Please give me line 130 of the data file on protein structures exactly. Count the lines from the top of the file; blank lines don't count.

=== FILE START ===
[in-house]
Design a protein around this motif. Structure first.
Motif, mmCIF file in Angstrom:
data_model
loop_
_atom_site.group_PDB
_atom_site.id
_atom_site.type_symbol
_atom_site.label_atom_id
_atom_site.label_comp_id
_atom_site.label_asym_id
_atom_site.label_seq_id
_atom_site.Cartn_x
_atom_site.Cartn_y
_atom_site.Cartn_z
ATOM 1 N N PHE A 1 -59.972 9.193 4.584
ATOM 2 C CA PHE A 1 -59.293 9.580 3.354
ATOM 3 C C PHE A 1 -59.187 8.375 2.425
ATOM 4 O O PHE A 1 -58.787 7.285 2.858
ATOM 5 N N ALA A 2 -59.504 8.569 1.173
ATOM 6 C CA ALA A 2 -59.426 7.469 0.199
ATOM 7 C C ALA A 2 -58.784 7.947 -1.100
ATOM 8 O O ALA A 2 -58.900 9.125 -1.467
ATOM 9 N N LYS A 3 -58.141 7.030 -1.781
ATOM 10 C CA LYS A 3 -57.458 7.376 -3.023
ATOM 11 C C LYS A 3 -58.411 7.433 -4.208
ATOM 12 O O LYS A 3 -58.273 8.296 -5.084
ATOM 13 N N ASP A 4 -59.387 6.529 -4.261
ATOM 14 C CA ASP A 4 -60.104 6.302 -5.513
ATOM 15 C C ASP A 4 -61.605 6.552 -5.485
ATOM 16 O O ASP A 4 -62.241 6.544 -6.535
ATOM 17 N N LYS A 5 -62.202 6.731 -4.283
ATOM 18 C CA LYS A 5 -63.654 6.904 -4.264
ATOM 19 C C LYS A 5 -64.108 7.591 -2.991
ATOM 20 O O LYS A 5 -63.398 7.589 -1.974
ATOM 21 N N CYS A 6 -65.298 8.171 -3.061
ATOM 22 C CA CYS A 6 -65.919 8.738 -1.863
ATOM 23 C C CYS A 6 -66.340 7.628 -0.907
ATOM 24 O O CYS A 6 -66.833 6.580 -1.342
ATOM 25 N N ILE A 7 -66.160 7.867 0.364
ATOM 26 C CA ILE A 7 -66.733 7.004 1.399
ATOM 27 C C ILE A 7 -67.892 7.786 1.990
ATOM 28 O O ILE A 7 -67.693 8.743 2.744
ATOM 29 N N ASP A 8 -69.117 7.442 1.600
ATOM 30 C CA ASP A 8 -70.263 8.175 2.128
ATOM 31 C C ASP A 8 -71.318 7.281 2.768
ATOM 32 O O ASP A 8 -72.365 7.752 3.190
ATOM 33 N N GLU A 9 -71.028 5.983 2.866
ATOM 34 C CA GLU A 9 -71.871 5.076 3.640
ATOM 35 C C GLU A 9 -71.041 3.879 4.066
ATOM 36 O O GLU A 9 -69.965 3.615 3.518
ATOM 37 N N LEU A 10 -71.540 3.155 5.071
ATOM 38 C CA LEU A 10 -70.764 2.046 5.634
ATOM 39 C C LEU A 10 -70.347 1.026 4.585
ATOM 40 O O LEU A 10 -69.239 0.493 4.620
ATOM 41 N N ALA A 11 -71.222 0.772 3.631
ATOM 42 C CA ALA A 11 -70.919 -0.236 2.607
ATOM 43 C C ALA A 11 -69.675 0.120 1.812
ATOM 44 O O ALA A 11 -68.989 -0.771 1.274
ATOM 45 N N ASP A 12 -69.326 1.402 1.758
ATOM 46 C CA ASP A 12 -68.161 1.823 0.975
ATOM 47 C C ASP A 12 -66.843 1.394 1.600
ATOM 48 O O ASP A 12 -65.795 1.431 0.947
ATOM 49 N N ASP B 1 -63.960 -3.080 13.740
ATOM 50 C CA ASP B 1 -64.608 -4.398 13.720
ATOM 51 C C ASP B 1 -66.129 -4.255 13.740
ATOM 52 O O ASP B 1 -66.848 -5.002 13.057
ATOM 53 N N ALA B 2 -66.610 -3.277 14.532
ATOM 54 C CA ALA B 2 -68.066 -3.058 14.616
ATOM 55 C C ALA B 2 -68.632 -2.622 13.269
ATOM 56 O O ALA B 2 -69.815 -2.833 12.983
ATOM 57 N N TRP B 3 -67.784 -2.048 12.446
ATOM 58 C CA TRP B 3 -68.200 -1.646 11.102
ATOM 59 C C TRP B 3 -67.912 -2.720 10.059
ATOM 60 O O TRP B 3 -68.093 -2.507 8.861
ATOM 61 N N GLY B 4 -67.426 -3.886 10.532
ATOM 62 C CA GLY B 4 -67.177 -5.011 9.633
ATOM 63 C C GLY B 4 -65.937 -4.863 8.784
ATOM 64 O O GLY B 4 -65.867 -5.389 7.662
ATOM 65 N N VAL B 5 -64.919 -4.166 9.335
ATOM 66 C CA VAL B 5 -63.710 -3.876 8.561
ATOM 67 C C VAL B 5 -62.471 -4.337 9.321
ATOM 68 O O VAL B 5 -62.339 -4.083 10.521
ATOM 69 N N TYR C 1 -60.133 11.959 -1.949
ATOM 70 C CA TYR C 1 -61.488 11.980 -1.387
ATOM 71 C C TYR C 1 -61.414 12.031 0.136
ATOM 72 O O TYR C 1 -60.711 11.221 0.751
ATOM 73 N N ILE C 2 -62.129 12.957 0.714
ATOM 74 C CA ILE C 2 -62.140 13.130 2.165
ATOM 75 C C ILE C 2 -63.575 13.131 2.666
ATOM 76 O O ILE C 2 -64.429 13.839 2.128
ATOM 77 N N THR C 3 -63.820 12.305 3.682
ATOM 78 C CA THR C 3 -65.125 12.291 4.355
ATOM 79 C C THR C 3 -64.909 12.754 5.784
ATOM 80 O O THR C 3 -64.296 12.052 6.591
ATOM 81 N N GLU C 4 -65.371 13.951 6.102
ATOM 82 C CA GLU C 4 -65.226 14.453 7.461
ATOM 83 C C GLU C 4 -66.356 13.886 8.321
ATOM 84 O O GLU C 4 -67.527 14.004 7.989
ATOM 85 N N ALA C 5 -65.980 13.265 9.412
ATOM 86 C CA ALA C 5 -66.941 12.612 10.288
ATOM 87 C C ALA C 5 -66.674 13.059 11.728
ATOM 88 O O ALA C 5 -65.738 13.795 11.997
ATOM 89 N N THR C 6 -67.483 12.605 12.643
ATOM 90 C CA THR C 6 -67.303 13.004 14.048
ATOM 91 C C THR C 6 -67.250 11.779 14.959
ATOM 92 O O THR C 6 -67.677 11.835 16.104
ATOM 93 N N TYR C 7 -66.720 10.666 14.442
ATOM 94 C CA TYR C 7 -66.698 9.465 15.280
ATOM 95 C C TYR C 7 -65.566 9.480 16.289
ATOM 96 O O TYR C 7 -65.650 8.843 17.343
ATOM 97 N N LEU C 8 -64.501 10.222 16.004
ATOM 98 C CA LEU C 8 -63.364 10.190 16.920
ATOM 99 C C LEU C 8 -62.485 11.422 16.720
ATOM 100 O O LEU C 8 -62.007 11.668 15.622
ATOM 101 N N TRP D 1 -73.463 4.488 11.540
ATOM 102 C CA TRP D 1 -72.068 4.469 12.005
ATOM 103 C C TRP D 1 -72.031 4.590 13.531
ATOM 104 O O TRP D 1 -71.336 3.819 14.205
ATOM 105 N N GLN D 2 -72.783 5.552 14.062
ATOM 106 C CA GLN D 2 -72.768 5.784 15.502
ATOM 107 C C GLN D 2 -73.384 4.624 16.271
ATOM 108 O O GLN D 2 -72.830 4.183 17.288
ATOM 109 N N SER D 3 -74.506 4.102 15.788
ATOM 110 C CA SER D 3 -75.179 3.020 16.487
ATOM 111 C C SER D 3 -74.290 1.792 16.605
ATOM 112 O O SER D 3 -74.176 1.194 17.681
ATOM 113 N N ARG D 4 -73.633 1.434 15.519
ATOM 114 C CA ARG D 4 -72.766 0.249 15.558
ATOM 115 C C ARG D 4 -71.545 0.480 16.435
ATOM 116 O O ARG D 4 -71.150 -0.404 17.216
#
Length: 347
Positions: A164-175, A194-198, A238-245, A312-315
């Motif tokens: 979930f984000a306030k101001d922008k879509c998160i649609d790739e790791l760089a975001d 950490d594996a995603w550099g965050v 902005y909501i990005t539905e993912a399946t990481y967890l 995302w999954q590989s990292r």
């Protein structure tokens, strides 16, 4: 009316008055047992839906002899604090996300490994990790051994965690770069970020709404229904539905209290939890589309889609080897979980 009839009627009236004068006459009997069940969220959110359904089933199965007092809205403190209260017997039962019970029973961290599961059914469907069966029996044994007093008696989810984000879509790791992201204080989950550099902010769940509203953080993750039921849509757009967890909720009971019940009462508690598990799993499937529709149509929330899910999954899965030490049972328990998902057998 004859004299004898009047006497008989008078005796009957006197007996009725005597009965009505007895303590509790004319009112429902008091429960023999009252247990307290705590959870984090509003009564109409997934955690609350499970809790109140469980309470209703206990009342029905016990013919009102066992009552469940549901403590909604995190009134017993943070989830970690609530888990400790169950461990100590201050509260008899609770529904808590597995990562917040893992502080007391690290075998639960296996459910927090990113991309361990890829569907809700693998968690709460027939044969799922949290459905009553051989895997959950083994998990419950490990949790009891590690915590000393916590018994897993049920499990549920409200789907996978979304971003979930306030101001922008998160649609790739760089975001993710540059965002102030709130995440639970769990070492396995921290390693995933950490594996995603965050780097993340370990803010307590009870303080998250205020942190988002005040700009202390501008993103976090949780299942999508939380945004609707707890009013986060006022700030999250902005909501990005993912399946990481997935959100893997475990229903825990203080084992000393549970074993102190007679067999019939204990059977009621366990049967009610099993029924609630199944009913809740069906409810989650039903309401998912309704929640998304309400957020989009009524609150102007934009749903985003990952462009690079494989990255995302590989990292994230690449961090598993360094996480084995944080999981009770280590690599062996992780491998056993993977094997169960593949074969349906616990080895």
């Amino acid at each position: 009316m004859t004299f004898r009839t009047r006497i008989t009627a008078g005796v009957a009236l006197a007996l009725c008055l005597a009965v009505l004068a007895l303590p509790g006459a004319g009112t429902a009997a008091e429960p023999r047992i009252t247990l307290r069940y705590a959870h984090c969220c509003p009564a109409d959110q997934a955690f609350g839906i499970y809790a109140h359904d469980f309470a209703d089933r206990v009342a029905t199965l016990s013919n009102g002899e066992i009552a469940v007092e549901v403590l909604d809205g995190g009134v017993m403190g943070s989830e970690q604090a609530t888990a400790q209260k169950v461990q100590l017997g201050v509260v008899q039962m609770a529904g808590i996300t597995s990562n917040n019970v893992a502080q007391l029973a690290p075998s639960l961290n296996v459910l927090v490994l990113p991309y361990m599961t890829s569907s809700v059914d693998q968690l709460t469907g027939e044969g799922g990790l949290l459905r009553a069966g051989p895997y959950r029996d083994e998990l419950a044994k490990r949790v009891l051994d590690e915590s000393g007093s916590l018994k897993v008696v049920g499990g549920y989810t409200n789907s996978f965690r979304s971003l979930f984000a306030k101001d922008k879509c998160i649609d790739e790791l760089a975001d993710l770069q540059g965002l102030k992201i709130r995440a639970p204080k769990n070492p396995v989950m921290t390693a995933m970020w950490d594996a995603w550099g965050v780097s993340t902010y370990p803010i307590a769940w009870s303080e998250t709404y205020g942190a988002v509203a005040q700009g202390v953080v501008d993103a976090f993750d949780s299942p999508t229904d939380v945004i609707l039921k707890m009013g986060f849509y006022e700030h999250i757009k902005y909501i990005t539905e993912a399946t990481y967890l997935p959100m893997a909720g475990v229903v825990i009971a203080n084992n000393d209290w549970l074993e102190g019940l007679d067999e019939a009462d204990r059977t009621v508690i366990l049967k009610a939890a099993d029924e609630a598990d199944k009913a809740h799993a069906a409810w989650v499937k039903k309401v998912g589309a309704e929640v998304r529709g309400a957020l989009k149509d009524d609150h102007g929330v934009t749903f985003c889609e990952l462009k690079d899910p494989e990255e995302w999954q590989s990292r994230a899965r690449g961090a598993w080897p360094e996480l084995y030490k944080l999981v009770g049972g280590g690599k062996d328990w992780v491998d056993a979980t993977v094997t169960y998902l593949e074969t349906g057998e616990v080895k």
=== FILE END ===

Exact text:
ATOM 115 C C ARG D 4 -71.545 0.480 16.435